There is and for some time has been a story going around that our sage old founding father Benjamin Franklin wanted the national symbolic bird of the United States to be not the Bald Eagle, but the Wild Turkey. While this story sounds rather odd (to say the least), and has been dismissed as a myth by no less an authority than the United States Diplomacy Center, the fact is that the story really is not a myth, not quite. Writing to his daughter, Sally (Mrs. Sarah Bache) on today’s date, January 26, in 1784 Franklin didn’t say in so many words that he thought that the Turkey should be our national bird. Rather, he commented that one design he had seen for the seal of the United States bore an image of the Eagle that looked like a Turkey. He then went on to compare the qualities of the two birds, and found the Eagle to be lacking. The Eagle in the estimation of Dr. Franklin was a scavenger, a coward, and rather a lazy one at that:
“For my own part I wish the Bald Eagle had not been chosen the Representative of our Country. He is a Bird of bad moral Character. He does not get his Living honestly. You may have seen him perched on some dead Tree near the River, where, too lazy to fish for himself, he watches the Labour of the Fishing Hawk; and when that diligent Bird has at length taken a Fish, and is bearing it to his Nest for the Support of his Mate and young Ones, the Bald Eagle pursues him and takes it from him.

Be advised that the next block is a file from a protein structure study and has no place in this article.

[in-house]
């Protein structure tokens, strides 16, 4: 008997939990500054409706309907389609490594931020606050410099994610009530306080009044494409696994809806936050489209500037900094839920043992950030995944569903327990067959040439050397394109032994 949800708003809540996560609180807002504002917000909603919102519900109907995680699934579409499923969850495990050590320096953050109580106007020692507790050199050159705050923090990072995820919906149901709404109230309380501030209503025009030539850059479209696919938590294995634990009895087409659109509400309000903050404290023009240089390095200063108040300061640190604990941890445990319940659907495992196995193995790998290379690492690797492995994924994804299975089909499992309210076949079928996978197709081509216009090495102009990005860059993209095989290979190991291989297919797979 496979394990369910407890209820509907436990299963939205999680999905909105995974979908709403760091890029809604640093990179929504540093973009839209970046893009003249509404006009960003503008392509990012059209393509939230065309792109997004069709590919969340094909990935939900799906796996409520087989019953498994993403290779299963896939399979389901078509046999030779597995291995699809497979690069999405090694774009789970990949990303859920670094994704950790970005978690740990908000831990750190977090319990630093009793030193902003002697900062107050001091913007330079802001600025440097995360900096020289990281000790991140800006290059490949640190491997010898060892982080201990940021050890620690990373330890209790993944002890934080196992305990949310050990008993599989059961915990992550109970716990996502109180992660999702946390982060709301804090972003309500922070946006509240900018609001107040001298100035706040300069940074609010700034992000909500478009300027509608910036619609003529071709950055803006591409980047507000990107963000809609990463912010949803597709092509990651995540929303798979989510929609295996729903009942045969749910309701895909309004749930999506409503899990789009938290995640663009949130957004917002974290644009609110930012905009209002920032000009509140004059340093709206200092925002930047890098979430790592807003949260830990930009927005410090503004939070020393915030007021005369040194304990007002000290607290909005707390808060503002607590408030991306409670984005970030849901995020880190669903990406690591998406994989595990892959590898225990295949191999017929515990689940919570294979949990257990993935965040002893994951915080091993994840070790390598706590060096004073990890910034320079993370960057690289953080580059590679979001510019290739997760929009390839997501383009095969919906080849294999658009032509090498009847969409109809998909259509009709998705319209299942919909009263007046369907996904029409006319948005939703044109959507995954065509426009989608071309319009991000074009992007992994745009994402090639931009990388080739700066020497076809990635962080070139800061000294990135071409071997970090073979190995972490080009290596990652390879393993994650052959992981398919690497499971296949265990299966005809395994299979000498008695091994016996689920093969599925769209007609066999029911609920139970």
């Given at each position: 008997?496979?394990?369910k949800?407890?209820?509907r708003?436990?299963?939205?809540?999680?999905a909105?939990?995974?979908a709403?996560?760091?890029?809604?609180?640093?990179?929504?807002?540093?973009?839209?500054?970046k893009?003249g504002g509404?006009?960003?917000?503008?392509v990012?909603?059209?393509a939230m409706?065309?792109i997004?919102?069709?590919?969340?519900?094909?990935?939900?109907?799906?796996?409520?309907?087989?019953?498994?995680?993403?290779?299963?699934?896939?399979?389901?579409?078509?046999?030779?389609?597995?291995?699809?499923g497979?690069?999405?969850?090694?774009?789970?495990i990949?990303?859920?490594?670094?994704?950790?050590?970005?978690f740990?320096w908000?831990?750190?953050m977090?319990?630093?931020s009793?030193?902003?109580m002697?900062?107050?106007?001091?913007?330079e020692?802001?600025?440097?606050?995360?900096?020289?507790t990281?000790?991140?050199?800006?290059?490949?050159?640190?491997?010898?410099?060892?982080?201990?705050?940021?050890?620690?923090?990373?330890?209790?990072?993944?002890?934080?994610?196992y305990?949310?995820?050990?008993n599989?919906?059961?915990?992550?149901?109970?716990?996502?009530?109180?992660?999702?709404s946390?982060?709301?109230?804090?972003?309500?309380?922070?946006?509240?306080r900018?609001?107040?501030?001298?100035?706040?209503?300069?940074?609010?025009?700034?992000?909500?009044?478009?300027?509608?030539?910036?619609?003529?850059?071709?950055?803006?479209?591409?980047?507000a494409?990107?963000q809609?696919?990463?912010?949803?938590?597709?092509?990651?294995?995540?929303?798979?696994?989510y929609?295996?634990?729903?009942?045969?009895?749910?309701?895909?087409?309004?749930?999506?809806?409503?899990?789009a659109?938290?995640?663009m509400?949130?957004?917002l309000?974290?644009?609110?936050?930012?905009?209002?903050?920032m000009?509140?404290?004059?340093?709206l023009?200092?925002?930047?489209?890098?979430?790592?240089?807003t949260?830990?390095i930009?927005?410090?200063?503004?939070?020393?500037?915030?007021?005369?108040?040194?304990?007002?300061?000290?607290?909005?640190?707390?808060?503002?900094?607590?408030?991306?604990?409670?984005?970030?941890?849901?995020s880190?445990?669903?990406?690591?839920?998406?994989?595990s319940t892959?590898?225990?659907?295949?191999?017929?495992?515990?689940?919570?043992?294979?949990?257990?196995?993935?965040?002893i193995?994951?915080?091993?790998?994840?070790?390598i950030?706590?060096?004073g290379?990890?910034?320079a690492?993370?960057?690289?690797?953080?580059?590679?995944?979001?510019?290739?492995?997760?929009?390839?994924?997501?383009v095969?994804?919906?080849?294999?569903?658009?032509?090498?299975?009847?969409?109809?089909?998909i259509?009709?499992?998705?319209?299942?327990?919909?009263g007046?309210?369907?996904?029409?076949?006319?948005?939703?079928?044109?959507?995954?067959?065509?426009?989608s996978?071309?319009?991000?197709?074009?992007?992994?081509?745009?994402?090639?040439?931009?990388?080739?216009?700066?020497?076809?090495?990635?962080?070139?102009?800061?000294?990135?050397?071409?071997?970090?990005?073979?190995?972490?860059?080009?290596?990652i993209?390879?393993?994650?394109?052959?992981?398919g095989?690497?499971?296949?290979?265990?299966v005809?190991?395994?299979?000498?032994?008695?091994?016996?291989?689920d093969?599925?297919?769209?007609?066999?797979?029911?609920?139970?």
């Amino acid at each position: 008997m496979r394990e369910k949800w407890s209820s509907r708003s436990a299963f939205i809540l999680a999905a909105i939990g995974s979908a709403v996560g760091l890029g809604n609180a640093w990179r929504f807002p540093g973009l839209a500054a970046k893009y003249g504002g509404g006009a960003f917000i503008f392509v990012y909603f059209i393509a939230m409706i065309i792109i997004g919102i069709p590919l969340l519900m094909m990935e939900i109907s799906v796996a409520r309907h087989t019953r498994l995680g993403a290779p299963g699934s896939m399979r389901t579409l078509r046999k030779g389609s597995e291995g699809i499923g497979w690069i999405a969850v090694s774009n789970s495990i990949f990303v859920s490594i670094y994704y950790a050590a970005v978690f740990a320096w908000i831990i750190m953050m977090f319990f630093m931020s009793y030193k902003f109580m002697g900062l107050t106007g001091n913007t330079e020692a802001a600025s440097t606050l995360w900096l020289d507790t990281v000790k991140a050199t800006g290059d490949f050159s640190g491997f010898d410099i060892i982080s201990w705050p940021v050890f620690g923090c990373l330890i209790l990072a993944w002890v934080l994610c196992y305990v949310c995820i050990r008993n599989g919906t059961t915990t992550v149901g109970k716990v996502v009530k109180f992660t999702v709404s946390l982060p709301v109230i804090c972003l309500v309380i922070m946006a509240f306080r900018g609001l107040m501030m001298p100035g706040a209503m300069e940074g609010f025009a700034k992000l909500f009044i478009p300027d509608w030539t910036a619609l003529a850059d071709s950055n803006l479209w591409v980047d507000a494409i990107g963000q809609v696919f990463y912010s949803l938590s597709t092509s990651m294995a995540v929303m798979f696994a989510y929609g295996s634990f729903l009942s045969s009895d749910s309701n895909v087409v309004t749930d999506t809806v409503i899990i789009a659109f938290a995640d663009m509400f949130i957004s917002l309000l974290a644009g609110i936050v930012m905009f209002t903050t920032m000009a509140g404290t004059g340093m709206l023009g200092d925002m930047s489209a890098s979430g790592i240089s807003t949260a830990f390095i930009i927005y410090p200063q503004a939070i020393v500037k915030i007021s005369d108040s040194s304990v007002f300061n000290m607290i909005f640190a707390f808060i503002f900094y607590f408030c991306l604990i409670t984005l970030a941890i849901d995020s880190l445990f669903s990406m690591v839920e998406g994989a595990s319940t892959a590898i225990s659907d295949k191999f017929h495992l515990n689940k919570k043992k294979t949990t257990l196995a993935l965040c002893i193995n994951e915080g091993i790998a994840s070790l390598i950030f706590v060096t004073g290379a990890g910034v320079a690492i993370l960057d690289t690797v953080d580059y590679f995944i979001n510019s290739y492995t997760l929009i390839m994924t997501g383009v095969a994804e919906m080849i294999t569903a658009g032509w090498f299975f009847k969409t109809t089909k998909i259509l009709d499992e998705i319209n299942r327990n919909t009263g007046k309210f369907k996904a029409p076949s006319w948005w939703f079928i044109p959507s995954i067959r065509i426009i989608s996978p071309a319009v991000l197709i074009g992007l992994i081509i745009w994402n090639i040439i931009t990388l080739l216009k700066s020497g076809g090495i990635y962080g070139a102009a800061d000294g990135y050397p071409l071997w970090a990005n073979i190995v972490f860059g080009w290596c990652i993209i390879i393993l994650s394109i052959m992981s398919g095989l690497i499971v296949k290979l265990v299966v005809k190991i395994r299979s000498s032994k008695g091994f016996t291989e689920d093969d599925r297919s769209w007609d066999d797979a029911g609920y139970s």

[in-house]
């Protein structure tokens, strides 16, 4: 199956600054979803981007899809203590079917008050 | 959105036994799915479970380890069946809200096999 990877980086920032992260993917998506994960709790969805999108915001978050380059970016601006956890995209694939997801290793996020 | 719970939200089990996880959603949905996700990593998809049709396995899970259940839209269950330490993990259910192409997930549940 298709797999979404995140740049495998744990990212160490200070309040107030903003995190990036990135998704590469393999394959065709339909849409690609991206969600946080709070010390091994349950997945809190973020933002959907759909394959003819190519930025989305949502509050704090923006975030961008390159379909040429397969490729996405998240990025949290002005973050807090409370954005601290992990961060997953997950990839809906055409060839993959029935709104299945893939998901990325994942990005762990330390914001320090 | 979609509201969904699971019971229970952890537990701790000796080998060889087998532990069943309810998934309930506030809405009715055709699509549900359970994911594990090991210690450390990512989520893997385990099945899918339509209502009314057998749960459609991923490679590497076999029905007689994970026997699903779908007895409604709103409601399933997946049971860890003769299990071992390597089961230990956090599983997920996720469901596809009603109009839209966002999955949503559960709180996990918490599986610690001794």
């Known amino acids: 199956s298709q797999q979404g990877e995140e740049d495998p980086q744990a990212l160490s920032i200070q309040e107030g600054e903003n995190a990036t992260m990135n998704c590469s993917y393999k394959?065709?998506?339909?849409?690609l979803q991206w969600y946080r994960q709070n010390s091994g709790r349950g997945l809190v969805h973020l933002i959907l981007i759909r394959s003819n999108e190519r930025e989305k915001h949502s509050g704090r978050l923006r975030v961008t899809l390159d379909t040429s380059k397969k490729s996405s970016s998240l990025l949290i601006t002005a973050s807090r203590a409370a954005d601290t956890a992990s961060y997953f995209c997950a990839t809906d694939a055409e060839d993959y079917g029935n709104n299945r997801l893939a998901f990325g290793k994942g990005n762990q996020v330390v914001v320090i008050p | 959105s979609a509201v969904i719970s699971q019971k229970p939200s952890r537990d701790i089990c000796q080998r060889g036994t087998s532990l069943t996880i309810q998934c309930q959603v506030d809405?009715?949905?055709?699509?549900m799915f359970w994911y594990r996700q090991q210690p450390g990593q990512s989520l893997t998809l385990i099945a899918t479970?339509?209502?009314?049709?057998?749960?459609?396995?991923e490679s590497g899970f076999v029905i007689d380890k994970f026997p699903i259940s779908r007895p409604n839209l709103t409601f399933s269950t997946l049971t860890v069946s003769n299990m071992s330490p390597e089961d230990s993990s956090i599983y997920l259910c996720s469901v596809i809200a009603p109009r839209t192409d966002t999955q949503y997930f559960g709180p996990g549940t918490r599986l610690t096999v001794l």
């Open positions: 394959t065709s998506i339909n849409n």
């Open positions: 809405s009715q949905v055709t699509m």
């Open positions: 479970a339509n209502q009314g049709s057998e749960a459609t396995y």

With all this injustice, he is never in good case but like those among men who live by sharping & robbing he is generally poor and often very lousy. Besides he is a rank coward: The little King Bird not bigger than a Sparrow attacks him boldly and drives him out of the district. He is therefore by no means a proper emblem for the brave and honest Cincinnati of America* who have driven all the King birds from our country…”
Whereas, in Franklin’s view, the Turkey, while “vain and silly” was nevertheless brave and… “respectable” :
“I am on this account not displeased that the Figure is not known as a Bald Eagle, but looks more like a Turkey. For the Truth the Turkey is in Comparison a much more respectable Bird, and withal a true original Native of America… He is besides, though a little vain & silly, a Bird of Courage, and would not hesitate to attack a Grenadier of the British Guards who should presume to invade his Farm Yard with a red Coat on.”
Whether or not Ben has it right about the two birds is a question for the ornithologists among you. But I, for one am glad that we stuck with the Eagle. Readers, what do you think?
* = “The Cincinnati of America” was a recently-formed society of officers who were veterans of the Revolutionary War.